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I am currently setting up a file server with win2k8 server r2 (storage server) I was wondering is there something I can use to audit/log what happens?

For example

JSmith moved Folder1 to Root. JSmith created XYZ folder.

etc. Directory Monitor doesn't show users (which is important)

Obviously something with low overhead would be awesome too.

Thanks in advance

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up vote 3 down vote accepted

If you are open to spending a little bit of money to get reports that are easily generated and easy to read, I highly recommend File System Auditor by Scriptlogic.

This software lets you create custom reports showing any activity in any folder, by any user, and any type of event. It is orders of magnitude easier to read and use than the default auditing built into Windows Server. I use it on my file server which is running Server 2003 but I am sure it will run great on 2008 as well.

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Does this track folder moves and renames? Thanks. – Kvad May 16 '10 at 23:34
Yup sure does. It actually shows the original name of the file or folder, then the destination file or folder name. – user10711 May 18 '10 at 16:31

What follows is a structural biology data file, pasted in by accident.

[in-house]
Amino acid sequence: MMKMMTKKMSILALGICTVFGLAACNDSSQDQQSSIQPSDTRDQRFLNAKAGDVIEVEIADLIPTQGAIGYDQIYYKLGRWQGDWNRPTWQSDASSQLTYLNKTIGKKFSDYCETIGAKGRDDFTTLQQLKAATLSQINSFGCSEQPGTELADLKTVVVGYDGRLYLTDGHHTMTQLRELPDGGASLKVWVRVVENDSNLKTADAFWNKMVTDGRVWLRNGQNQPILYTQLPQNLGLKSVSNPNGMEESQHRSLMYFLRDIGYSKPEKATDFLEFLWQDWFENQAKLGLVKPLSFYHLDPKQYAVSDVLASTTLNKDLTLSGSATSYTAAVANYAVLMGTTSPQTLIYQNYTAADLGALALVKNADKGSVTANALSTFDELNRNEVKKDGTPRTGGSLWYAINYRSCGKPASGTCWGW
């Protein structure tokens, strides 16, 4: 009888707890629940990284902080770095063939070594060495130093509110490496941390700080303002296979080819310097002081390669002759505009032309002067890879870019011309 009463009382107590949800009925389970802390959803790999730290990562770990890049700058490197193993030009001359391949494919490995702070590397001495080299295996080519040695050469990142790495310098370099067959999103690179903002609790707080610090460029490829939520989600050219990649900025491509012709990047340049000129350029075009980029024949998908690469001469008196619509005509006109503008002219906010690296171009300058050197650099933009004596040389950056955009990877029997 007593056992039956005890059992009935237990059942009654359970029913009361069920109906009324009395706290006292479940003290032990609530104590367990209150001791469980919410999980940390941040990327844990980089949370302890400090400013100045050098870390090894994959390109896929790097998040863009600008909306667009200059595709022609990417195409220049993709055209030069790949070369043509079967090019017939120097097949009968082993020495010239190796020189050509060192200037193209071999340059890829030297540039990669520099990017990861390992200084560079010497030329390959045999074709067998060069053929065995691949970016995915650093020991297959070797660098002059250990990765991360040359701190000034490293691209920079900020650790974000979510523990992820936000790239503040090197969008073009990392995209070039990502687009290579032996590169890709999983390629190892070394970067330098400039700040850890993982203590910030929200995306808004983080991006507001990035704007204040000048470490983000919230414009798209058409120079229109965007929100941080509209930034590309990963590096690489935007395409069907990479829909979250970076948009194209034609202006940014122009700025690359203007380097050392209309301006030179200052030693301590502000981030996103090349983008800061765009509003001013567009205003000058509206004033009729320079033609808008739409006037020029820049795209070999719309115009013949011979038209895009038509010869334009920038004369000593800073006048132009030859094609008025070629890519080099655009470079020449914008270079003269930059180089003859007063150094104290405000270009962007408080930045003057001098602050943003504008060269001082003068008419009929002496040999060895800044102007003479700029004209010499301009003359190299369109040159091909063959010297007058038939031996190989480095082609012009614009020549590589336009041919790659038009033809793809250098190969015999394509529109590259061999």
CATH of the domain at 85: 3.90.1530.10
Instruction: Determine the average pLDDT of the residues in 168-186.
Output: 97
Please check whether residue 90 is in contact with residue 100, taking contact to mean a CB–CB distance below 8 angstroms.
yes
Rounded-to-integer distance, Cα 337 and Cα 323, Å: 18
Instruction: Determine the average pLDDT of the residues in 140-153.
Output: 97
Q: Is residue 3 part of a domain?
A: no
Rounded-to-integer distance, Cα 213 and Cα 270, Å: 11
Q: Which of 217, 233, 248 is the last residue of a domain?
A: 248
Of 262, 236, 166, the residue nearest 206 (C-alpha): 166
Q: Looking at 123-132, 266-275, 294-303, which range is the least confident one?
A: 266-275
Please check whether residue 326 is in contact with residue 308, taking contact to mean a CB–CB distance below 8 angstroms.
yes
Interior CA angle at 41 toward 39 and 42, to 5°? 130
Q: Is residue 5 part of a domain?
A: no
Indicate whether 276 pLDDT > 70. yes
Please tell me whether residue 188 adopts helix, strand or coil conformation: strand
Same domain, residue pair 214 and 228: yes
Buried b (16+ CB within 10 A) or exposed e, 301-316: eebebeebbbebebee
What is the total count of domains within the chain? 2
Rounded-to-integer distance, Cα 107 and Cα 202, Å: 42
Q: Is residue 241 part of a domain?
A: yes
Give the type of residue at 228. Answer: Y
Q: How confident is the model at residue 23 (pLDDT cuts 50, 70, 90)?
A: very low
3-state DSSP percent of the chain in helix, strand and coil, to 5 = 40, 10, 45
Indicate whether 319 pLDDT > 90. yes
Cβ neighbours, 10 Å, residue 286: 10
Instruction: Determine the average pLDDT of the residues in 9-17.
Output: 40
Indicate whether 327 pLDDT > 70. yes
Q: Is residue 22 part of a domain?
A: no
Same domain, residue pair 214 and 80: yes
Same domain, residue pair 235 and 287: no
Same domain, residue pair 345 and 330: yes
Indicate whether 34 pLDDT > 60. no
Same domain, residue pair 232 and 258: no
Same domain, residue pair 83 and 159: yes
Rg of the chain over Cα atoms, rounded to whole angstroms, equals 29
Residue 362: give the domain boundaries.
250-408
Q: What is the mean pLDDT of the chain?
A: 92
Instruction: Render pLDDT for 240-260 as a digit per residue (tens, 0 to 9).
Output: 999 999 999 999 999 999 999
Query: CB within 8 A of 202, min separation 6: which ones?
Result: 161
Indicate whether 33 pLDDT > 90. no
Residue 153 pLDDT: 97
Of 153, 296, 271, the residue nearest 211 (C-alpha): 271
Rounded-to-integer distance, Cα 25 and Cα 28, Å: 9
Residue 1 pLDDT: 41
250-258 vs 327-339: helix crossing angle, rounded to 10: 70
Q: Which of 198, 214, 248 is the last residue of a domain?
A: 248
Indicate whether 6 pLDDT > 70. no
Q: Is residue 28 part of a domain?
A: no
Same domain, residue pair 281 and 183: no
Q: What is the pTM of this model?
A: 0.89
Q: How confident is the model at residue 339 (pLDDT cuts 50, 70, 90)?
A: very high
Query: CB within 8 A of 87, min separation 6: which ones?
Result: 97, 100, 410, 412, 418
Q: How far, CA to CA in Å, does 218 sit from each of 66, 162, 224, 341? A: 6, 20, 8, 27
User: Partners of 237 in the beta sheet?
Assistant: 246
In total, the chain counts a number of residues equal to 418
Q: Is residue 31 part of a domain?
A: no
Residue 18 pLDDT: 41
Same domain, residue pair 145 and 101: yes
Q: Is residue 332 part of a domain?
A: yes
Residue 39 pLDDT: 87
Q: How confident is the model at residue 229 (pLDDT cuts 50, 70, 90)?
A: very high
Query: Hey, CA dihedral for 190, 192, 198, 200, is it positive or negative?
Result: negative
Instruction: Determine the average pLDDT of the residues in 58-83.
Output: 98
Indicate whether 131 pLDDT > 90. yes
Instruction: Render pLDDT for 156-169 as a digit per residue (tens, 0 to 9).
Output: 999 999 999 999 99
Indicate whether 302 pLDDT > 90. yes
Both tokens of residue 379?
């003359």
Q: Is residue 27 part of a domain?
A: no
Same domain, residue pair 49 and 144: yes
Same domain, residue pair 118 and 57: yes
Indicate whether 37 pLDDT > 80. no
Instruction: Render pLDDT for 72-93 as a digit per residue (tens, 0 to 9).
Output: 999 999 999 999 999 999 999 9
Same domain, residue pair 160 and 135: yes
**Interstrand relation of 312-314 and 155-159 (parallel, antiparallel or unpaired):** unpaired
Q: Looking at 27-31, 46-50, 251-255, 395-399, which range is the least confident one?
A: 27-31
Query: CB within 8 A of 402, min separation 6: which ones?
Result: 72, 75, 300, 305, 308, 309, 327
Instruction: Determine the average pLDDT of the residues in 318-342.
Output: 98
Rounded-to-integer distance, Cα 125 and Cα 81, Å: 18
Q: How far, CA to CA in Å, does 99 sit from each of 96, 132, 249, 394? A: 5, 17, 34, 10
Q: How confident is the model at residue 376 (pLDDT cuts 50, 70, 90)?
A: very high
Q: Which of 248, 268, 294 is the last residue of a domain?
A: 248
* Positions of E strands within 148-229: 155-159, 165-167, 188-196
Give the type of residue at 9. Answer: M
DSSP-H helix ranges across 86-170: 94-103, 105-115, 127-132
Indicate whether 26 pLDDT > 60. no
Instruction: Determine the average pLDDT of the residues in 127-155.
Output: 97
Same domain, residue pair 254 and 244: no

You can enable auditing on Windows Server and use Logparser to parse the logs to suit your needs. Logparser is a free tool from Microsoft. It allows you to parse *.evt logs to any format you like (fixed column length, csv, txt, graphs etc.). The SQL like syntax is very flexible in extracting the relevant information.

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You need to turn on Auditing on. Check the following link for a an explanation of how to enable auditing and track what is happening. Overhead should not be an issue if properly set up, ; ex add only certain users in the audit versus everyone.

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Thats on now, but is there anything to use it for nice reporting tools ? – Kvad May 14 '10 at 6:21

for nice reporting use

Hope this helps!

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This might be what you are looking for: Win Server 2008

This solution involves turning on Windows Server built in Audit policy for files and folders.

Excerpt:"To enable file and folder auditing for a single server, select Start -> All Programs -> Administrative Tools -> Local Security Policy"

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Merely linking to an article and not explaining it in the text of your answer is not in-line with the intent of this site. – mfinni May 17 '12 at 12:49
Edited. Please upvote it now. – Dragos May 18 '12 at 12:43
That's only half of the relevant instructions - you then have to turn on auditing for the files and/or folders you care about. – mfinni May 18 '12 at 15:47

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